The Afghán dynasty, which followed that of the Saiyids, has plenty of Chronicles, but no work approach­ing the dignity of a history. The spirit of clanship has always been strong among Afgháns, and their writers exhibit a greater affection for personal anecdotes and family feuds than for matters of public policy. All the works relating to this dynasty abound with anecdotes and stories, many of which are trivial and uninteresting. The Táríkh-i Sher Sháhí, though written in a spirit of eulogy, does not tend to raise the character of Sher Sháh, who has enjoyed a reputation apparently above his merits. That he was an able administrator is no doubt true, but the account which this work gives of his regulations and arrangements does not show them to be of a very enlightened order. He was a cautious rather than an enterprising commander, and was more prone to seek success by crafty and crooked courses, than by the exercise of valour and daring. His soldier-like death in the trenches has cast a ray of martial glory upon his memory; but the treacherous betrayal of Bíbí Fath Malika of Bengal and the cold-blooded murder of the prisoners of Ráísín would bedim a much brighter fame than he ever achieved.

The Táríkh-i Dáúdí, another of these Afghán chro­nicles, is of a similar character, and can claim no great literary merit; still the Extracts here printed are the best available authority for the period of which they treat. They enter into details, and furnish many scraps of information hitherto inaccessible, and, in so doing, they afford the means of arriving at a true estimate of the characters of Sultáns Sikandar and Islám Sháh. The work closes with the death of Dáúd Sháh and the ex­tinction of the Afghán dynasty.

The Memoirs of Sher Khán, Khawás Khán, and Shujá'at Khán, which appear in the Appendix, are from the pen of Sir H. Elliot. The Extracts from the Wáki'át-i Mushtákí will show the true value of a work once often quoted, but now little known. It is a favourable specimen of the anecdotal literature of the age, and though assert­ing no claims to be considered as a consecutive historical record, it contains numerous interesting passages better worthy of attention than many of the stories recorded by the professed historians.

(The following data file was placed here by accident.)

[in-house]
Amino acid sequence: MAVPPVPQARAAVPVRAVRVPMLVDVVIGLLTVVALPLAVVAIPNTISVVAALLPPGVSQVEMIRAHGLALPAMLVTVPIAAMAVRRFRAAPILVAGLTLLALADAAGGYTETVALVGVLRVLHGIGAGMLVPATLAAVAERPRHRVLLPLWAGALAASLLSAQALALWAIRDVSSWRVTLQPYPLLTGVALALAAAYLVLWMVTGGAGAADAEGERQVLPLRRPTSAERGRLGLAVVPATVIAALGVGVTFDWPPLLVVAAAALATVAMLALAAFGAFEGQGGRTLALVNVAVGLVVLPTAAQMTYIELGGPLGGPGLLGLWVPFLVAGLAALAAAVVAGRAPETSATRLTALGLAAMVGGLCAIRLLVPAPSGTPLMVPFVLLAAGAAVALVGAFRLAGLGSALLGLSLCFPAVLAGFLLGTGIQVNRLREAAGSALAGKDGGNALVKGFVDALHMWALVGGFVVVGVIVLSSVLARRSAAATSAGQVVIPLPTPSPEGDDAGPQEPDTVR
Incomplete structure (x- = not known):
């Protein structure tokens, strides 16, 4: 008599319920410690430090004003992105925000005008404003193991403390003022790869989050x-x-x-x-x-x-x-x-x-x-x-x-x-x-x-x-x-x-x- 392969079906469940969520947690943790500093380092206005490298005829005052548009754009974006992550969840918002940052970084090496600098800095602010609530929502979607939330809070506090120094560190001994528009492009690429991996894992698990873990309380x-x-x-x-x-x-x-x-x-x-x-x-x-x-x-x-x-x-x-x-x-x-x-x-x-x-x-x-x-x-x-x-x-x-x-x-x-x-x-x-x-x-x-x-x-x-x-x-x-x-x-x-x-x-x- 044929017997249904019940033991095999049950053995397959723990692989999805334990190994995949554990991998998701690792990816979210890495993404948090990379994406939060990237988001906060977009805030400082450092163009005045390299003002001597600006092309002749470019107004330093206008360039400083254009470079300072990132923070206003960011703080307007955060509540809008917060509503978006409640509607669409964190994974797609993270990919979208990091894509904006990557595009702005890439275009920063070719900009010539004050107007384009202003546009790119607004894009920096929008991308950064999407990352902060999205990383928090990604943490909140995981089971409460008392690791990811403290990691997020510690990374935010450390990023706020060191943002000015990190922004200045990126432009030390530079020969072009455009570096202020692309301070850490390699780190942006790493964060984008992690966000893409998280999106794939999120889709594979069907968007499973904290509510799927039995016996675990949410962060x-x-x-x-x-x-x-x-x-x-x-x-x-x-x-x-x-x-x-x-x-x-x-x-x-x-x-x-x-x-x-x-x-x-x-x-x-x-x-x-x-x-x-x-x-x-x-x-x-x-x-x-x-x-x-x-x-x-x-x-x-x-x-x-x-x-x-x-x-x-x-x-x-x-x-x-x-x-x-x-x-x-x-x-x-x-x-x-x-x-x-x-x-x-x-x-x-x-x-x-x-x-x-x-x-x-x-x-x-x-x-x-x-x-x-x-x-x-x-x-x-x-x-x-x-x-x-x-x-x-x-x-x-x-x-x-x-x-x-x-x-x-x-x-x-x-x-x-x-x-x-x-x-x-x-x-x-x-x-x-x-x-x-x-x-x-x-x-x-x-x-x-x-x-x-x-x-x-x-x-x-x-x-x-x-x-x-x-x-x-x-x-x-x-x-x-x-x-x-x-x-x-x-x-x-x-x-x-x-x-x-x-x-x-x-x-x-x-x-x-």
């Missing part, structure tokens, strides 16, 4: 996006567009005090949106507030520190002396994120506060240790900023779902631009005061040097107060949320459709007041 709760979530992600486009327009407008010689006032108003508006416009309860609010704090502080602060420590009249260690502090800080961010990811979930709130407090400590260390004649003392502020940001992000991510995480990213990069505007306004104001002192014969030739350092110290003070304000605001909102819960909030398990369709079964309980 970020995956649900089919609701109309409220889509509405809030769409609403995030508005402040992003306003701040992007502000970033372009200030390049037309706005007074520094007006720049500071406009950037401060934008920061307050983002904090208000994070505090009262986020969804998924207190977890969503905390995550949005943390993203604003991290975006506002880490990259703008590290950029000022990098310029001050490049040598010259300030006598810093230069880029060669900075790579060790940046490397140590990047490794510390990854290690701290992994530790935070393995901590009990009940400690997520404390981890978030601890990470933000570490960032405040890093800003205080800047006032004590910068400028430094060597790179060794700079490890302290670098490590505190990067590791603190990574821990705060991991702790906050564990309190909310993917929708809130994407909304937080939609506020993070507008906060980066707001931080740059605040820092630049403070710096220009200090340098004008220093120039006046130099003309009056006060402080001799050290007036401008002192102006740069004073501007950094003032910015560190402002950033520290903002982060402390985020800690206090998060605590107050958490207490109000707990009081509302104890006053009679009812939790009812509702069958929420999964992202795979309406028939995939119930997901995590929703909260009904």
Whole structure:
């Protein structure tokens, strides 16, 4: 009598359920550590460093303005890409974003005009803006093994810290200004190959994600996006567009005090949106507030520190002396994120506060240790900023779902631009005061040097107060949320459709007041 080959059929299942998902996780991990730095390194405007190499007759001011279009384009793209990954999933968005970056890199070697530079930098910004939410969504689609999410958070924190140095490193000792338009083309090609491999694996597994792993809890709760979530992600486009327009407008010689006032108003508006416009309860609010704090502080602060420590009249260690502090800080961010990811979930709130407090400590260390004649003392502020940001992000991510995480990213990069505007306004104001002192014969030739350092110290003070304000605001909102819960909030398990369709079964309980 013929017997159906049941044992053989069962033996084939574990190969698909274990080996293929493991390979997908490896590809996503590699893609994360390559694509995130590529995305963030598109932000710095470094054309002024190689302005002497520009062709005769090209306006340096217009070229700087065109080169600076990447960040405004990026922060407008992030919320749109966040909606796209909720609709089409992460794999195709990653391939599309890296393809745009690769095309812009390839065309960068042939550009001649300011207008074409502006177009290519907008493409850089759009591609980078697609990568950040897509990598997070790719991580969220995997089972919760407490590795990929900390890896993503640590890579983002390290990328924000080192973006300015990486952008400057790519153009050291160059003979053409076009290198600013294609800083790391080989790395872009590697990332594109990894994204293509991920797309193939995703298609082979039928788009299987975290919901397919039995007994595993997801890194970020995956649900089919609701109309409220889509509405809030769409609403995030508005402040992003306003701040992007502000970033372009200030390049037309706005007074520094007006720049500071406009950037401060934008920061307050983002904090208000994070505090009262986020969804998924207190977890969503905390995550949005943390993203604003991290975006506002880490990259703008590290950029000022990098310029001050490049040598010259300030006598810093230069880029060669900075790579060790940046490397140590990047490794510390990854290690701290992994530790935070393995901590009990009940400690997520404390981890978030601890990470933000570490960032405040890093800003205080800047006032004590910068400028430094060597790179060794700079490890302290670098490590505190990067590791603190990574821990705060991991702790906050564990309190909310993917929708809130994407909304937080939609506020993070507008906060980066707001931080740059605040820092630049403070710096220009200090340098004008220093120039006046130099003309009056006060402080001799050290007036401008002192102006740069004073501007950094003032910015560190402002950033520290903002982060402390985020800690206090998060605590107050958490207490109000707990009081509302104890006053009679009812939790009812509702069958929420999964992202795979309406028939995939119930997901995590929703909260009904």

The following is a list of all the articles in this volume, with the names of the writers.

XX.—Táríkh-i Háfiz Abrú—Sir H. M. Elliot and the Editor.
XXI.—Táríkh-i Mubárak-Sháhí—Editor.
XXII.—Matla'u-s Sa'dain—Probably Mr. C. J. Oldfield, B.C.S.
XXIII.—Rauzatu-s Safá—Sir H. M. Elliot.
XXIV.—Khulásatu-l Akhbár—Sir H. M. Elliot.
XXV.—Dastúru-l Wuzrá—Sir H. M. Elliot.
XXVI.—Habíbu-s Siyar—Mr. H. Lushington, B.C.S.
XXVII.—Táríkh-i Ibráhímí—Sir H. M. Elliot.
XXVIII.—Túzak-i Bábarí—Leyden and Erskine's translation.
XXIX.—Tabakát-i Bábarí—Editor.
XXX.—Lubbu-t Tawáríkh—Sir H. M. Elliot.
XXXI.—Nusakh-i Jahán-árá—Sir H. M. Elliot.
XXXII.—Táríkh-i Sher Sháhí—Mr. E. C. Bayley, B.C.S.
XXXIII.—Táríkh-i Dáúdí—“Ensign” Chas. F. Mackenzie.


A.—Notes on Matla'u-s Sa'dain—Col. Yule.
B.—Odes of 'Unsurí—Sir H. M. Elliot.
C.—Díwán of Salmán—Sir H. M. Elliot.
D.—Memoir of Mír Alí Sher—Sir H. M. Elliot,
E.—Memoir of Khawás Khán—Sir H. M. Elliot.
F.—Death of Shujá'at Khán—Sir H. M. Elliot.
G.—Wáki'át-i Mushtákí—A munshí and Sir H. M. Elliot.
H.—Bibliographical Notices—Sir H. M. Elliot.
I.—Autobiography of Tímúr—Editor.

A slight change has been made in the title-page, in order to make it more accurately descriptive of the altered position of the Editor, who has had to take a larger share of actual authorship than was at first con­templated. To Sir H. M. Elliot belongs the merit of the whole design and plan of the work, and the collection of the mass of the materials; but a great deal remained to be done in the way of selection and translation at the time of his premature decease. The amount of matter 2required to carry out his designs has proved to be much greater than was supposed when the publication was commenced, and the Editor has had to trace out and translate all that was necessary to complete the work. He has endeavoured to the best of his judgment and ability to finish each volume according to the plan laid down; but he is fully conscious of having fallen short of what Sir H. M. Elliot would have accomplished had his life been spared.